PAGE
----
Moris, a South African-born lawyer, took to Twitter to share the news on Friday alongside a photo of her in Assange, who is currently in Belmarsh Prison in London.
“Good news: UK government has backed down 24h before the deadline,” Moris wrote. “Julian and I now have permission to marry in Belmarsh prison. I am relieved but still angry that legal action was necessary to put a stop to the illegal interference with our basic right to marry.”
Prior to Friday’s announcement, Moris had claimed that the governor of the Belmarsh prison and Justice Secretary Dominic Raab were preventing the couple from marrying and threatened to take legal action against them.
“Julian and I are trying to get married, but what should be a straightforward process and a sacred right is being illegally interfered with by sinister elements of the state. Blocking us from exercising our basic right to a family life is harassment. It’s illegal, and it’s wrong,” she wrote on Twitter earlier this month.
A Prison Service spokesperson told The Guardian, “Mr Assange’s application was received, considered and processed in the usual way by the prison governor, as for any other prisoner.”
Prisoners are entitled to apply to be married in prison under the Marriages Act 1983. Inmates must submit an application to the Governor of the prison and, if their application is granted, the nuptials must take place within the prison, with the costs relating to the ceremony being paid for by the prisoner.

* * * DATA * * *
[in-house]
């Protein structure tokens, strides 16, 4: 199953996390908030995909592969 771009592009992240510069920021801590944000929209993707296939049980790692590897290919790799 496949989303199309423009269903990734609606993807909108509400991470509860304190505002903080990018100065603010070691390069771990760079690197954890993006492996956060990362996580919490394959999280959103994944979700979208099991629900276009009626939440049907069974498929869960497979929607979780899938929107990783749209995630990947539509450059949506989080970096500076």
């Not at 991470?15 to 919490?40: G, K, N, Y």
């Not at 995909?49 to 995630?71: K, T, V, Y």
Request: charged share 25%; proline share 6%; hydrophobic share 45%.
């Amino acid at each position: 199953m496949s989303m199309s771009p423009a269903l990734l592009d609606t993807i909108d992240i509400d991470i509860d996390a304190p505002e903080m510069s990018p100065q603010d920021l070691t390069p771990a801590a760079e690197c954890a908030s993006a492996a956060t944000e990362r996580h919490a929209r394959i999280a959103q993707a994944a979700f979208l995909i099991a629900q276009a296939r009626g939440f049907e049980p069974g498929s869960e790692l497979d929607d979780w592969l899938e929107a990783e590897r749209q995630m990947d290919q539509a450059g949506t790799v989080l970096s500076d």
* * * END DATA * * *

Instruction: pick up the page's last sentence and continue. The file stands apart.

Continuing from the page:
Assange and Moris met in 2011 when she joined his legal team and their relationship turned romantic in 2015, she said in a video posted to Wikileaks’ YouTube account.
They have two sons together, who she said were conceived while he was living inside London’s Ecuadorean embassy.
U.S. prosecutors have indicted Assange on 18 criminal charges of breaking an espionage law and conspiring to hack government computers.
WikiLeaks published a U.S. military video in 2010 showing a 2007 attack by Apache helicopters in Baghdad that killed a dozen people, including two Reuters news staff. It then released thousands of secret classified files and diplomatic cables, which included critical appraisals of world leaders, from Russian President Vladimir Putin to members of the Saudi royal family.
Assange sought refuge inside Ecuador’s London embassy for seven years from 2012 until he was arrested in April 2019 for skipping bail during a separate legal battle.
He is now in London’s high-security Belmarsh Prison but the United States is currently seeking his extradition from the UK. If it succeeds, he could face up to 175 years in jail. Assange has argued he won’t get a fair trial in the United States.